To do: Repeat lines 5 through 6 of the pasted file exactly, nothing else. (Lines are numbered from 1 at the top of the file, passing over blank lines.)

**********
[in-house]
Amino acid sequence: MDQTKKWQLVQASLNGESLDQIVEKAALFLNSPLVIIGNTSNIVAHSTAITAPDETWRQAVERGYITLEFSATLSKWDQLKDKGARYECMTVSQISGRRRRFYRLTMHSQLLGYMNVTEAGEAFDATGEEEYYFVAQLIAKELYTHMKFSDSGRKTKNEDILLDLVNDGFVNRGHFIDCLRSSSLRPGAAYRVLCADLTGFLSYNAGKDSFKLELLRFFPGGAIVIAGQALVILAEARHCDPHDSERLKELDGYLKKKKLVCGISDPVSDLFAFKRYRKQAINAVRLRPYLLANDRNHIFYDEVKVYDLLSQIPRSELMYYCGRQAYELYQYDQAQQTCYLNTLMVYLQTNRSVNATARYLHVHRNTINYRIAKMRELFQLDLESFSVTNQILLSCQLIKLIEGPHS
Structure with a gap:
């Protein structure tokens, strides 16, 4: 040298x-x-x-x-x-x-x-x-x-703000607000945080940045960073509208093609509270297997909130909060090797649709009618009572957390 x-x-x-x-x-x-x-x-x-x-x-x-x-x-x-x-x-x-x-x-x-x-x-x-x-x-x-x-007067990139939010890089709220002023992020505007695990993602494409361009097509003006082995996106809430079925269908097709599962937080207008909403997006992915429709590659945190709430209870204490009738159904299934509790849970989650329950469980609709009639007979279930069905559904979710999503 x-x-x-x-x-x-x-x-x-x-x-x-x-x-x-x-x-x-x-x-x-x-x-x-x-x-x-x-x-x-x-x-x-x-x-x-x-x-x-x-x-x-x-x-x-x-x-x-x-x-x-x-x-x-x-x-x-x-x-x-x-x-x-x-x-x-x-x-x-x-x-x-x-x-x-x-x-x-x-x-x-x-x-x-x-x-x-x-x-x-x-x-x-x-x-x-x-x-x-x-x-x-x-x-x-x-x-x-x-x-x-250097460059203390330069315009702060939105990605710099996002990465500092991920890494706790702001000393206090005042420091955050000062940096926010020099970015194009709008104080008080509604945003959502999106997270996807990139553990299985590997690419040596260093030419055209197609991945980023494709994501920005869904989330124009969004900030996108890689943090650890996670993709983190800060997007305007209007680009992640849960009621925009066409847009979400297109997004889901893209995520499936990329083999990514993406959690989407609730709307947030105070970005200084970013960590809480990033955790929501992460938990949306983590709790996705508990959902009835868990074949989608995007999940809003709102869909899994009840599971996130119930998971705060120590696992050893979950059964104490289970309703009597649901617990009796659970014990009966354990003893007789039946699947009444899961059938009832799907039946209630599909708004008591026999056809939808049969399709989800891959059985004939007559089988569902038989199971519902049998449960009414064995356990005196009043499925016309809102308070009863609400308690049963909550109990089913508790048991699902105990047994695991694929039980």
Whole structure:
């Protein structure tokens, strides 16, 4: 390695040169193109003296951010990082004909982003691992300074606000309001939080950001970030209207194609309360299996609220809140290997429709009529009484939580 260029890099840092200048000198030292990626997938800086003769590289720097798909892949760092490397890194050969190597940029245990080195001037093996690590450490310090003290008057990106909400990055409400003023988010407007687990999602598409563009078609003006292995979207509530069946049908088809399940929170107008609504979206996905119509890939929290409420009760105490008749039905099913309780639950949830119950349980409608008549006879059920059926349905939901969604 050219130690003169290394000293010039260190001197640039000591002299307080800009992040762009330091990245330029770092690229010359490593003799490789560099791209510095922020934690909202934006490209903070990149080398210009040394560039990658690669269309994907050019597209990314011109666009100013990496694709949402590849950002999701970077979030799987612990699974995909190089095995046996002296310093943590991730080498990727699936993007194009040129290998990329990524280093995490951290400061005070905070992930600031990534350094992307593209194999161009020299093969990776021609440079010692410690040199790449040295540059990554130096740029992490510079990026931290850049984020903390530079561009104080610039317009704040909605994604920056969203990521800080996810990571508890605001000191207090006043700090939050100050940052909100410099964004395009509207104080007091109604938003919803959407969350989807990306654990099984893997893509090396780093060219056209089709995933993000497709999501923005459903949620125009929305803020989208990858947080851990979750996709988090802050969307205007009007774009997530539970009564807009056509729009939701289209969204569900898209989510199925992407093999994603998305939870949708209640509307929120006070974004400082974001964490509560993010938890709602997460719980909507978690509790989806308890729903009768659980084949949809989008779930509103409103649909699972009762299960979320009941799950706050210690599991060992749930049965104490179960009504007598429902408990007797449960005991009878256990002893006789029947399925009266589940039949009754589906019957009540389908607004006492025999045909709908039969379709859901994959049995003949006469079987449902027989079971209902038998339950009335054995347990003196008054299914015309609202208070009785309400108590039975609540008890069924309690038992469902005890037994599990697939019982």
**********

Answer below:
Whole structure:
């Protein structure tokens, strides 16, 4: 390695040169193109003296951010990082004909982003691992300074606000309001939080950001970030209207194609309360299996609220809140290997429709009529009484939580 260029890099840092200048000198030292990626997938800086003769590289720097798909892949760092490397890194050969190597940029245990080195001037093996690590450490310090003290008057990106909400990055409400003023988010407007687990999602598409563009078609003006292995979207509530069946049908088809399940929170107008609504979206996905119509890939929290409420009760105490008749039905099913309780639950949830119950349980409608008549006879059920059926349905939901969604 050219130690003169290394000293010039260190001197640039000591002299307080800009992040762009330091990245330029770092690229010359490593003799490789560099791209510095922020934690909202934006490209903070990149080398210009040394560039990658690669269309994907050019597209990314011109666009100013990496694709949402590849950002999701970077979030799987612990699974995909190089095995046996002296310093943590991730080498990727699936993007194009040129290998990329990524280093995490951290400061005070905070992930600031990534350094992307593209194999161009020299093969990776021609440079010692410690040199790449040295540059990554130096740029992490510079990026931290850049984020903390530079561009104080610039317009704040909605994604920056969203990521800080996810990571508890605001000191207090006043700090939050100050940052909100410099964004395009509207104080007091109604938003919803959407969350989807990306654990099984893997893509090396780093060219056209089709995933993000497709999501923005459903949620125009929305803020989208990858947080851990979750996709988090802050969307205007009007774009997530539970009564807009056509729009939701289209969204569900898209989510199925992407093999994603998305939870949708209640509307929120006070974004400082974001964490509560993010938890709602997460719980909507978690509790989806308890729903009768659980084949949809989008779930509103409103649909699972009762299960979320009941799950706050210690599991060992749930049965104490179960009504007598429902408990007797449960005991009878256990002893006789029947399925009266589940039949009754589906019957009540389908607004006492025999045909709908039969379709859901994959049995003949006469079987449902027989079971209902038998339950009335054995347990003196008054299914015309609202208070009785309400108590039975609540008890069924309690038992469902005890037994599990697939019982």